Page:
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Math Help - Proof of span(S) is a subspace:a question

  1. #1
    Senior Member x3bnm's Avatar
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    Proof of span(S) is a subspace:a question

    We know the definition of subspace which is:

    If W is a set of one or more vectors from a vector space V, then W is a subsace of V if and only if the following conditions hold:

    (a) If u and v are vectors in W, then u + v is in W.
    (b) If k is any scalar and u is any vector in W, then ku is in W.


    Also the definition of span(S) is:
    If S = \{v_1, v_2, ..., v_r\} is a set of vectors in a vector space V, then the subspace W of V consisting of all linear combinations of the vectors in S is called the space spanned by v_1, v_2, ...,v_r, and we say that the vectors v_1, v_2, ..., v_r span W. To indicate that W is the space spanned by the vectors in the set S = \{v_1, v_2,..., v_r\}, we write:

    W = span(S) or W = span\{v_1, v_2,..., v_r\}

    Now the problem I'm having is how is it possible that span(S) is a subspace? I can't make a connection with the definition and the proof.

    Is it possible to explain the proof of why span(S) is a subspace?
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  2. #2
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    what does an element of span(S) look like? more pointedly, how do you form a "linear combination of the vj" what does that MEAN?

    when you have hit upon that, you will see at once that two such linear combinations may be combined, and that BY THEIR LINEARITY, combined into a single linear combination.

    here is a two-dimensional example: suppose S = {u,v}. we may regard an element of span(S) as being of the form a1u + a2v. another such element might be: b1u + b2v.

    what could be more natural than (a1u + a2v) + (b1u + b2v) = (a1+b1)u + (a2+b2)v. is this not a linear combination of u and v, as well?

    extend this idea to a scalar product k(a1u + a2v).

    it should be clear that if S is a non-empty set, that span(S) has "one or more vectors" in it. convince yourself that for u in S, ku in span(S) implies that the 0-vector is in span(S).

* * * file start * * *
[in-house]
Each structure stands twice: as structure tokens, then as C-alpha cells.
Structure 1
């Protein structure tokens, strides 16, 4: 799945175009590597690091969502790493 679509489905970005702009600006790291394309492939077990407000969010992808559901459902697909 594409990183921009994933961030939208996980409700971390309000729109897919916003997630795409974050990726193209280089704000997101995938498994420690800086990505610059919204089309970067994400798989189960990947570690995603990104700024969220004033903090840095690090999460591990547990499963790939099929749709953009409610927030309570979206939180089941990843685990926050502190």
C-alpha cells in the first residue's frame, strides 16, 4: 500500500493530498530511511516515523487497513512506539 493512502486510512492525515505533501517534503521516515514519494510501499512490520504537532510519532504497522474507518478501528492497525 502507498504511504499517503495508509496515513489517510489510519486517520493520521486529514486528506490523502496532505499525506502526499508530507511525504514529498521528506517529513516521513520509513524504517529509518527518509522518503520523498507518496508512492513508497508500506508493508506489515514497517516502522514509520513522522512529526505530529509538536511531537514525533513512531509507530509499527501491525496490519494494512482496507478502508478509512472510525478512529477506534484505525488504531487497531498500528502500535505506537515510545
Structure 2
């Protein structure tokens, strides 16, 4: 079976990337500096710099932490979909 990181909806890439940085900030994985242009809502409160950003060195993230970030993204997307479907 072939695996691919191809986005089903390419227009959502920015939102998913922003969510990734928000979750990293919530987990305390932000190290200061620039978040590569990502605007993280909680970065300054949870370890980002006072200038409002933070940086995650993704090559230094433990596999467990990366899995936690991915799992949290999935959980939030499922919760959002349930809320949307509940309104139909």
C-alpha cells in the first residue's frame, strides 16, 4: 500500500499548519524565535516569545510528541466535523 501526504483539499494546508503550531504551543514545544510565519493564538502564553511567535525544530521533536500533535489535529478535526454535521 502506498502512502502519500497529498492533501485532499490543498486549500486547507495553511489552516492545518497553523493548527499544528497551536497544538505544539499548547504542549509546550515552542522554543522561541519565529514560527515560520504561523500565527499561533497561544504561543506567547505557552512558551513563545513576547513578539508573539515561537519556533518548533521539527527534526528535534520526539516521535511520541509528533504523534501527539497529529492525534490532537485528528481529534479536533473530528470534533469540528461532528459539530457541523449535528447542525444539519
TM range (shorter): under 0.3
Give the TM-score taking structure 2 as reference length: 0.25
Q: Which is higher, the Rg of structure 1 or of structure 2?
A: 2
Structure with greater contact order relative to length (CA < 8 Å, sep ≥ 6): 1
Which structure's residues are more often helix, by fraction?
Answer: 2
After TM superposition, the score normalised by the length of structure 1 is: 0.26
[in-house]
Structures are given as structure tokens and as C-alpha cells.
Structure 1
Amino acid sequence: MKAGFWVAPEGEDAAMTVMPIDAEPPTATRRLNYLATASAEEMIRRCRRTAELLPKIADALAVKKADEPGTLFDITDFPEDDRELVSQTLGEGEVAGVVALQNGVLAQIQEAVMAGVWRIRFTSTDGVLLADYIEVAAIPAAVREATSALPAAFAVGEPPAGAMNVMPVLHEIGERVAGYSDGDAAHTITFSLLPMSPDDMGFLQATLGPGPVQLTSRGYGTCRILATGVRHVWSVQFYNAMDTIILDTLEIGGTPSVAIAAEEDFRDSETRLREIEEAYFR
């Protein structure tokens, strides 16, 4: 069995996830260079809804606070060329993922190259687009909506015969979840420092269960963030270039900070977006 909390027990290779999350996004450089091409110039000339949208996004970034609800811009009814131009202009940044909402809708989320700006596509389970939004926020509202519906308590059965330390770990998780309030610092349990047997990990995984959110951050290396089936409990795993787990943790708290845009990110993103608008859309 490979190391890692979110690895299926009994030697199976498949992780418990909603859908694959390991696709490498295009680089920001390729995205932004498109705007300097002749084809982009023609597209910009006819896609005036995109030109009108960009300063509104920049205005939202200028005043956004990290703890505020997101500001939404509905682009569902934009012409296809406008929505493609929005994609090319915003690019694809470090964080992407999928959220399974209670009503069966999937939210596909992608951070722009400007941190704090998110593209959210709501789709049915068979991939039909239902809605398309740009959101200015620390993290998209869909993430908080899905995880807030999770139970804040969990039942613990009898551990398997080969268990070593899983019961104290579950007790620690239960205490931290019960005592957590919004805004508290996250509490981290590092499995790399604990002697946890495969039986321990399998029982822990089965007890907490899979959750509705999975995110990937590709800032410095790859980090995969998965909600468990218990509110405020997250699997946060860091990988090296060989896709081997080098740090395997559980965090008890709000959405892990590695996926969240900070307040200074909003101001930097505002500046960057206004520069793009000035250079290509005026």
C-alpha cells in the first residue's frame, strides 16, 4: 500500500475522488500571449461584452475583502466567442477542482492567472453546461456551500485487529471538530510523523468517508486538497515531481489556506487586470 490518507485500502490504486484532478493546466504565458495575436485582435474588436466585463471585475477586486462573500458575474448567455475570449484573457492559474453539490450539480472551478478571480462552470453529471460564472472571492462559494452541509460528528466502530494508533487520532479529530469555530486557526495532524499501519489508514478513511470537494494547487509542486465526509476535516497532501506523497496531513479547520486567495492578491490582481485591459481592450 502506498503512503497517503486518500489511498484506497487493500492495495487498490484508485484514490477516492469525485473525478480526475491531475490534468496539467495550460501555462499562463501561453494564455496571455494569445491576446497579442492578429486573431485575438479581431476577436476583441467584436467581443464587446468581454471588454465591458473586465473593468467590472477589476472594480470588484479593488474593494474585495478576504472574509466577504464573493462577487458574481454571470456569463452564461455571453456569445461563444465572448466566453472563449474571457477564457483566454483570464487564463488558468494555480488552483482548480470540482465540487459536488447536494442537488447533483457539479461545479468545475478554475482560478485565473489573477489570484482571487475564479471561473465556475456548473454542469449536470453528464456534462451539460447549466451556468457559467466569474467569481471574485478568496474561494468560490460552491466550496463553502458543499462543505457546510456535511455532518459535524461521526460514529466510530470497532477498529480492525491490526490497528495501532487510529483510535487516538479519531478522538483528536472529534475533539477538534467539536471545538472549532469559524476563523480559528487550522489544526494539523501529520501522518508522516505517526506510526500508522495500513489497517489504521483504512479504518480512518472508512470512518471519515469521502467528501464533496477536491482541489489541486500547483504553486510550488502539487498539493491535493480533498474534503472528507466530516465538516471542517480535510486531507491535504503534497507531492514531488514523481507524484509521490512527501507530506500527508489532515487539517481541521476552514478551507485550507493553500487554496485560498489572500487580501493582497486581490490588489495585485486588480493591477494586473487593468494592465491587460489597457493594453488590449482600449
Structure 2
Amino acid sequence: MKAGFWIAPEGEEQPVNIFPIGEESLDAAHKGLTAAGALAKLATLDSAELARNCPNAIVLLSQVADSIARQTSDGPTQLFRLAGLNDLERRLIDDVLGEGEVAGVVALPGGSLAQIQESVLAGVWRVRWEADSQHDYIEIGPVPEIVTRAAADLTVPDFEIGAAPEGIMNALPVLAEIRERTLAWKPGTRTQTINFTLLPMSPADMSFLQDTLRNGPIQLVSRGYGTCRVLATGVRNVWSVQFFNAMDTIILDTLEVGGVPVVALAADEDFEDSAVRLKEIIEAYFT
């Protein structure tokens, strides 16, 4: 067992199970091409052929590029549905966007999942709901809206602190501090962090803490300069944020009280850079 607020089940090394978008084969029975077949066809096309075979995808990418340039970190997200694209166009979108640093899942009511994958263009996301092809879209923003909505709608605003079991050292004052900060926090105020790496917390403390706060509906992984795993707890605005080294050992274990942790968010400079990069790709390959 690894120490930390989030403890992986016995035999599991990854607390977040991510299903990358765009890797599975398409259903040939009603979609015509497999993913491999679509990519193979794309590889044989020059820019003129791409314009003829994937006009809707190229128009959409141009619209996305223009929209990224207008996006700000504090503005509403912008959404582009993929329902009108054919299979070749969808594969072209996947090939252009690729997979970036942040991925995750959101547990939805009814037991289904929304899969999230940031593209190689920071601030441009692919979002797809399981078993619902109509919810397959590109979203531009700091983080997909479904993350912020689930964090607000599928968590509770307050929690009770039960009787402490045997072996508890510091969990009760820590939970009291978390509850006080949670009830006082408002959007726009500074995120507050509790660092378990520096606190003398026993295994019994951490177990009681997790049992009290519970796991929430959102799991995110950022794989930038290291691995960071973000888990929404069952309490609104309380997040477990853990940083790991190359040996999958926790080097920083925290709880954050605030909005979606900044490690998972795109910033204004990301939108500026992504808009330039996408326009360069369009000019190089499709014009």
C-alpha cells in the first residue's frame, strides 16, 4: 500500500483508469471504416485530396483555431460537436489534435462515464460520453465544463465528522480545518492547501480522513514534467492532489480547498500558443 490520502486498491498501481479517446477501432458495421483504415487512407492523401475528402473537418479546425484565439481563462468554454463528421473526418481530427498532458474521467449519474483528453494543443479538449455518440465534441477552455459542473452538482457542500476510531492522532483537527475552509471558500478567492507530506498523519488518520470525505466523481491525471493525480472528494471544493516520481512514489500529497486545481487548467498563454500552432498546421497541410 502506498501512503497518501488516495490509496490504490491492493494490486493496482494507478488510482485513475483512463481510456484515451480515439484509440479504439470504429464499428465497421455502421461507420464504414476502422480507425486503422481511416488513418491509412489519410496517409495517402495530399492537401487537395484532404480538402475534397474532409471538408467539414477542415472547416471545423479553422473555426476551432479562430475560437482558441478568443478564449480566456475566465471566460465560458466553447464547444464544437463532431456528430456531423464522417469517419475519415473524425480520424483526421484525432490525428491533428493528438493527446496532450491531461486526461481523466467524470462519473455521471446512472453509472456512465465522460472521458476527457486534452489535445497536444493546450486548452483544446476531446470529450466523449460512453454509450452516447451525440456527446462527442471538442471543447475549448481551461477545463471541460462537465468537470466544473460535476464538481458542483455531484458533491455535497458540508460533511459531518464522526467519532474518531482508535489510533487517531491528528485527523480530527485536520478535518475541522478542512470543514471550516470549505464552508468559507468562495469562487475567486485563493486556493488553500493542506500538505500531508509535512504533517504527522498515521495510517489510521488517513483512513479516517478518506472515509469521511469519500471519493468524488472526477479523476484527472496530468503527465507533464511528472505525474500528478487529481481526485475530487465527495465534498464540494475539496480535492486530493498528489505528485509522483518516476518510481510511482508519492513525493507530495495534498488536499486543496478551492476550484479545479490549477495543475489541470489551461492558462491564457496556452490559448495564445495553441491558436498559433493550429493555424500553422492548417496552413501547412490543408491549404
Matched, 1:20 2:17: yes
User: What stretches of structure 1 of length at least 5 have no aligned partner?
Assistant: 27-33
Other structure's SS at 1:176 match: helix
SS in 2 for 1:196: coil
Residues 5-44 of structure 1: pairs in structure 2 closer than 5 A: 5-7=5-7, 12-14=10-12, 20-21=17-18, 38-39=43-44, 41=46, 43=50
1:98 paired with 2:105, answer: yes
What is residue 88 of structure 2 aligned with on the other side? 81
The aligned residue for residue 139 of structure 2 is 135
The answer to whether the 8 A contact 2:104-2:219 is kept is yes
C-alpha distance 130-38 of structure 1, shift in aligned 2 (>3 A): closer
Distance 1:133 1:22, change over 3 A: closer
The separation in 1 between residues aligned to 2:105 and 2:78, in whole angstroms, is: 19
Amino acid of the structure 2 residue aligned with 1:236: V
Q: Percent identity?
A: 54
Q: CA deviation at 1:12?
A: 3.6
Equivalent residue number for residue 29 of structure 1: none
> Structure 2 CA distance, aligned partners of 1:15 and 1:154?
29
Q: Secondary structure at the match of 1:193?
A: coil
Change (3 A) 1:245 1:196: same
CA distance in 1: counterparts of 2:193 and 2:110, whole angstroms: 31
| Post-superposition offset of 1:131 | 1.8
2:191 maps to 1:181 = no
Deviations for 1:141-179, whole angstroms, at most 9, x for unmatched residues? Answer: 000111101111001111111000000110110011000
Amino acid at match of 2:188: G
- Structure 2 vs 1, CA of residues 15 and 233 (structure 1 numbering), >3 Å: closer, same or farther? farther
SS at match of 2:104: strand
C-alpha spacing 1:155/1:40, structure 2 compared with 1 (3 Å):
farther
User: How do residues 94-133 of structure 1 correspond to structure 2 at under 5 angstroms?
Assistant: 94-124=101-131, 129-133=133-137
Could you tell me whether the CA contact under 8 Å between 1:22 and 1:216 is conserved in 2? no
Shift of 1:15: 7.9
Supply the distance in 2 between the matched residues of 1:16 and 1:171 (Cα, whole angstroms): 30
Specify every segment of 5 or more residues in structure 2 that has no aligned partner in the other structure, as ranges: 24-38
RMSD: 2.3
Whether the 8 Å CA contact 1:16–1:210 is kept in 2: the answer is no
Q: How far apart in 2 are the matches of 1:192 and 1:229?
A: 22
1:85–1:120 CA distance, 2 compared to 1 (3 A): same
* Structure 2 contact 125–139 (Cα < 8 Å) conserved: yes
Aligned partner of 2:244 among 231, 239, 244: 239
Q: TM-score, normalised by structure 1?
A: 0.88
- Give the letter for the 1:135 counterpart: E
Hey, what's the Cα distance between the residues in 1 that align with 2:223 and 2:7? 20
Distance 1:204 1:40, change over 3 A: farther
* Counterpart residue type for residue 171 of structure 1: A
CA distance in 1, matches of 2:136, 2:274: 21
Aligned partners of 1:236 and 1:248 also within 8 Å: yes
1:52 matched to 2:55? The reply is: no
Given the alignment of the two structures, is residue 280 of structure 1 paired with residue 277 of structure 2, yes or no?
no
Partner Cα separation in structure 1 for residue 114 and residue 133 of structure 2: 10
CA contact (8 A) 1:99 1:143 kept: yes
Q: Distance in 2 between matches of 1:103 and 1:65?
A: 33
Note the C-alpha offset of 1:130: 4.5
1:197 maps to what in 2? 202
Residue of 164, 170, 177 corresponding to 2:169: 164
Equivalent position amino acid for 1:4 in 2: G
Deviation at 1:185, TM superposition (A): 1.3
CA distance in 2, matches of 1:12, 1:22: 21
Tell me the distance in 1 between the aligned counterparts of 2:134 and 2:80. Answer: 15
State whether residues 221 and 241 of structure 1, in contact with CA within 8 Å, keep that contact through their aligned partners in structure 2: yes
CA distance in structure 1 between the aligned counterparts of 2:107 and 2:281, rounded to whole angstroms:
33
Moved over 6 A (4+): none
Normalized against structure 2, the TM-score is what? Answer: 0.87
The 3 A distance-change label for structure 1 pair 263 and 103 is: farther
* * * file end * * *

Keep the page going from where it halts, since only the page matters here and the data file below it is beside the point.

can you see that -u has to be in span(S) as well? what further convincing might you need to see that span(S) has all the properties of a vector space in and of itself, and being a subset, is thus a sub-space?
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  3. #3
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    The span, W, of a set of vectors \{v_1, v_2, \cdot\cdot\cdot, v_n\} is, as you say, the set of all possible linear combinations of those vectors. Now, suppose u and v are vectors in W. Then u= a_1v_1+ a_2v_2+ \cdot\cdot\cdot+ a_nv_n for some numbers a_1, a_2, \cdot\cdot\cdot, a_n. Also, v= b_1v_1+ b_2v_2+ \cdot\cdot\cdot+ b_nv_n.

    Then, u+ v= (a_1v_1+ a_2v_2+ \cdot\cdot\cdot+ a_nv_n)+ (b_1v_1+ b_2v_2+ \cdot\cdot\cdot+ b_nv_n)= (a_1+ b_1)v_1+ (a_2+ b_2)v_2+ \cdot\cdot\cdot+ (a_n+ b_n)v_n which is again a linear combination of \{v_1, v_2, \cdot\cdot\cdot, v_n\} and so in W. Similarly, ku= k(a_1v_1+ a_2v_2+ \cdot\cdot\cdot+ a_nv_n)= ka_1v_1+ ka_2v_2+ \cdot\cdot\cdot+ ka_nv_n a linear combination of \{v_1, v_2, \cdot\cdot\cdot, v_n\} and so in W.
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  4. #4
    Senior Member x3bnm's Avatar
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    I don't how I missed such a simple thing. It makes a lot of sense now. Thanks HallsofIvy and Deveno both for your explanations and extraordinary brains.
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